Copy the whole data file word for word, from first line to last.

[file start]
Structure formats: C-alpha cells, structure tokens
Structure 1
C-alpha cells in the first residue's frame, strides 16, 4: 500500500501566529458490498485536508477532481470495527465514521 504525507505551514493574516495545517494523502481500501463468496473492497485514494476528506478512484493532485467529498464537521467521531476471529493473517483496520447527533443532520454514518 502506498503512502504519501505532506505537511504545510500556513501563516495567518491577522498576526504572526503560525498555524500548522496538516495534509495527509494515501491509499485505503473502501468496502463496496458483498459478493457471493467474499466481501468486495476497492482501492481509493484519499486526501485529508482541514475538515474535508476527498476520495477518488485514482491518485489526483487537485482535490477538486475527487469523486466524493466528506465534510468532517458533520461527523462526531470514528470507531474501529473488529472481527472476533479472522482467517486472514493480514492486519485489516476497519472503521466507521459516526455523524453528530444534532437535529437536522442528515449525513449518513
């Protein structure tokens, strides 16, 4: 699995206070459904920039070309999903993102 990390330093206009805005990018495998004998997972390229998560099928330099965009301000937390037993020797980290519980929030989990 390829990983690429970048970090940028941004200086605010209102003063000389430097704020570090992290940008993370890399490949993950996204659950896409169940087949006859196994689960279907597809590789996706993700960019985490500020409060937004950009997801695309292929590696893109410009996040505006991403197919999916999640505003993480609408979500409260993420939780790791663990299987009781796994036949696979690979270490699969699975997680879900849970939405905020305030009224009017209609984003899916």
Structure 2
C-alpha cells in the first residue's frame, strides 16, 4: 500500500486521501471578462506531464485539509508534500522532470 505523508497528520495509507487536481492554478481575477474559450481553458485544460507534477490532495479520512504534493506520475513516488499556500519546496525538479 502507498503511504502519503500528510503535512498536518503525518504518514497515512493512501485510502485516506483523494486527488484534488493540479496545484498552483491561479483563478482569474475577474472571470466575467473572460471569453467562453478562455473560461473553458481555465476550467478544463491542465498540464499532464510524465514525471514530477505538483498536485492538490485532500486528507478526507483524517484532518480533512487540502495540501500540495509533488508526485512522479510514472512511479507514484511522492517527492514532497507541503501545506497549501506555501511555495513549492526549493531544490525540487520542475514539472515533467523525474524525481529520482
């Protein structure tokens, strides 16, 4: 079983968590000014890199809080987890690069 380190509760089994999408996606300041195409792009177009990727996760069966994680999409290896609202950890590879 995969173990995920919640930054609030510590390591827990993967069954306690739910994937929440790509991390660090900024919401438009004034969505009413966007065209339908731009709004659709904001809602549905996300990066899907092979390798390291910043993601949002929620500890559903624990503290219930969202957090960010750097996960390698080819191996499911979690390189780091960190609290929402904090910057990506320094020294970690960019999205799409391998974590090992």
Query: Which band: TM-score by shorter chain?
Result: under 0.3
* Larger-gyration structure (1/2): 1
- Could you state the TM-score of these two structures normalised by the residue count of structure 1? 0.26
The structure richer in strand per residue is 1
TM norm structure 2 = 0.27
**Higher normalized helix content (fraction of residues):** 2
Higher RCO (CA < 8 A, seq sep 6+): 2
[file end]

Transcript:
Structure formats: C-alpha cells, structure tokens
Structure 1
C-alpha cells in the first residue's frame, strides 16, 4: 500500500501566529458490498485536508477532481470495527465514521 504525507505551514493574516495545517494523502481500501463468496473492497485514494476528506478512484493532485467529498464537521467521531476471529493473517483496520447527533443532520454514518 502506498503512502504519501505532506505537511504545510500556513501563516495567518491577522498576526504572526503560525498555524500548522496538516495534509495527509494515501491509499485505503473502501468496502463496496458483498459478493457471493467474499466481501468486495476497492482501492481509493484519499486526501485529508482541514475538515474535508476527498476520495477518488485514482491518485489526483487537485482535490477538486475527487469523486466524493466528506465534510468532517458533520461527523462526531470514528470507531474501529473488529472481527472476533479472522482467517486472514493480514492486519485489516476497519472503521466507521459516526455523524453528530444534532437535529437536522442528515449525513449518513
């Protein structure tokens, strides 16, 4: 699995206070459904920039070309999903993102 990390330093206009805005990018495998004998997972390229998560099928330099965009301000937390037993020797980290519980929030989990 390829990983690429970048970090940028941004200086605010209102003063000389430097704020570090992290940008993370890399490949993950996204659950896409169940087949006859196994689960279907597809590789996706993700960019985490500020409060937004950009997801695309292929590696893109410009996040505006991403197919999916999640505003993480609408979500409260993420939780790791663990299987009781796994036949696979690979270490699969699975997680879900849970939405905020305030009224009017209609984003899916």
Structure 2
C-alpha cells in the first residue's frame, strides 16, 4: 500500500486521501471578462506531464485539509508534500522532470 505523508497528520495509507487536481492554478481575477474559450481553458485544460507534477490532495479520512504534493506520475513516488499556500519546496525538479 502507498503511504502519503500528510503535512498536518503525518504518514497515512493512501485510502485516506483523494486527488484534488493540479496545484498552483491561479483563478482569474475577474472571470466575467473572460471569453467562453478562455473560461473553458481555465476550467478544463491542465498540464499532464510524465514525471514530477505538483498536485492538490485532500486528507478526507483524517484532518480533512487540502495540501500540495509533488508526485512522479510514472512511479507514484511522492517527492514532497507541503501545506497549501506555501511555495513549492526549493531544490525540487520542475514539472515533467523525474524525481529520482
């Protein structure tokens, strides 16, 4: 079983968590000014890199809080987890690069 380190509760089994999408996606300041195409792009177009990727996760069966994680999409290896609202950890590879 995969173990995920919640930054609030510590390591827990993967069954306690739910994937929440790509991390660090900024919401438009004034969505009413966007065209339908731009709004659709904001809602549905996300990066899907092979390798390291910043993601949002929620500890559903624990503290219930969202957090960010750097996960390698080819191996499911979690390189780091960190609290929402904090910057990506320094020294970690960019999205799409391998974590090992």
Query: Which band: TM-score by shorter chain?
Result: under 0.3
* Larger-gyration structure (1/2): 1
- Could you state the TM-score of these two structures normalised by the residue count of structure 1? 0.26
The structure richer in strand per residue is 1
TM norm structure 2 = 0.27
**Higher normalized helix content (fraction of residues):** 2
Higher RCO (CA < 8 A, seq sep 6+): 2